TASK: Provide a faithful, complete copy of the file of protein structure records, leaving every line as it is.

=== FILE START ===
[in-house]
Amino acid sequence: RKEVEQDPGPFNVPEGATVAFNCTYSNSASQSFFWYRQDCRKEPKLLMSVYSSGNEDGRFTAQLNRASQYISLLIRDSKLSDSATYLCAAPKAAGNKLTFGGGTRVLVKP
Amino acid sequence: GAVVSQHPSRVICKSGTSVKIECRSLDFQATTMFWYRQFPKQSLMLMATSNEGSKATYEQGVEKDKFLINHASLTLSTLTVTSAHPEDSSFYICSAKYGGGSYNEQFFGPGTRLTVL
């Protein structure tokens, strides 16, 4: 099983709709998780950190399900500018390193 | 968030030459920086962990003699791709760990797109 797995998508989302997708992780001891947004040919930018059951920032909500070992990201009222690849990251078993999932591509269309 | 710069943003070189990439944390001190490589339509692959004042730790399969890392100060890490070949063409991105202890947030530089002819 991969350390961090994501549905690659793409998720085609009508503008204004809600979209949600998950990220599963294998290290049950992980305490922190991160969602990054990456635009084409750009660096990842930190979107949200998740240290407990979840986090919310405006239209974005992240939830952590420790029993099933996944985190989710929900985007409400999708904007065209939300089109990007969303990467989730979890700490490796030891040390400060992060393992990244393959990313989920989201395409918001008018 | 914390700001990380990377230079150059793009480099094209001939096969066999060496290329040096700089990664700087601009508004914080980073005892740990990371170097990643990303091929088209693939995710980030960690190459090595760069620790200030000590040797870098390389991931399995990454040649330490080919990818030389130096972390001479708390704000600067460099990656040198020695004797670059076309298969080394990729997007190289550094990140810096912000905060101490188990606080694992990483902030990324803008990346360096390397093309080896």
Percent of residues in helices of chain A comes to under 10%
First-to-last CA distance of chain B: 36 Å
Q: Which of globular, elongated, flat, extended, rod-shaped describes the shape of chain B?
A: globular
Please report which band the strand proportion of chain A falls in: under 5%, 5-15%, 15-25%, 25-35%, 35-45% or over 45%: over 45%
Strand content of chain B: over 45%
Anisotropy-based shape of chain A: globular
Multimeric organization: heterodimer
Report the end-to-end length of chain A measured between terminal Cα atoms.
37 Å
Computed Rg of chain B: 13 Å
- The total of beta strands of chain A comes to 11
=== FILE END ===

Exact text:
[in-house]
Amino acid sequence: RKEVEQDPGPFNVPEGATVAFNCTYSNSASQSFFWYRQDCRKEPKLLMSVYSSGNEDGRFTAQLNRASQYISLLIRDSKLSDSATYLCAAPKAAGNKLTFGGGTRVLVKP
Amino acid sequence: GAVVSQHPSRVICKSGTSVKIECRSLDFQATTMFWYRQFPKQSLMLMATSNEGSKATYEQGVEKDKFLINHASLTLSTLTVTSAHPEDSSFYICSAKYGGGSYNEQFFGPGTRLTVL
């Protein structure tokens, strides 16, 4: 099983709709998780950190399900500018390193 | 968030030459920086962990003699791709760990797109 797995998508989302997708992780001891947004040919930018059951920032909500070992990201009222690849990251078993999932591509269309 | 710069943003070189990439944390001190490589339509692959004042730790399969890392100060890490070949063409991105202890947030530089002819 991969350390961090994501549905690659793409998720085609009508503008204004809600979209949600998950990220599963294998290290049950992980305490922190991160969602990054990456635009084409750009660096990842930190979107949200998740240290407990979840986090919310405006239209974005992240939830952590420790029993099933996944985190989710929900985007409400999708904007065209939300089109990007969303990467989730979890700490490796030891040390400060992060393992990244393959990313989920989201395409918001008018 | 914390700001990380990377230079150059793009480099094209001939096969066999060496290329040096700089990664700087601009508004914080980073005892740990990371170097990643990303091929088209693939995710980030960690190459090595760069620790200030000590040797870098390389991931399995990454040649330490080919990818030389130096972390001479708390704000600067460099990656040198020695004797670059076309298969080394990729997007190289550094990140810096912000905060101490188990606080694992990483902030990324803008990346360096390397093309080896």
Percent of residues in helices of chain A comes to under 10%
First-to-last CA distance of chain B: 36 Å
Q: Which of globular, elongated, flat, extended, rod-shaped describes the shape of chain B?
A: globular
Please report which band the strand proportion of chain A falls in: under 5%, 5-15%, 15-25%, 25-35%, 35-45% or over 45%: over 45%
Strand content of chain B: over 45%
Anisotropy-based shape of chain A: globular
Multimeric organization: heterodimer
Report the end-to-end length of chain A measured between terminal Cα atoms.
37 Å
Computed Rg of chain B: 13 Å
- The total of beta strands of chain A comes to 11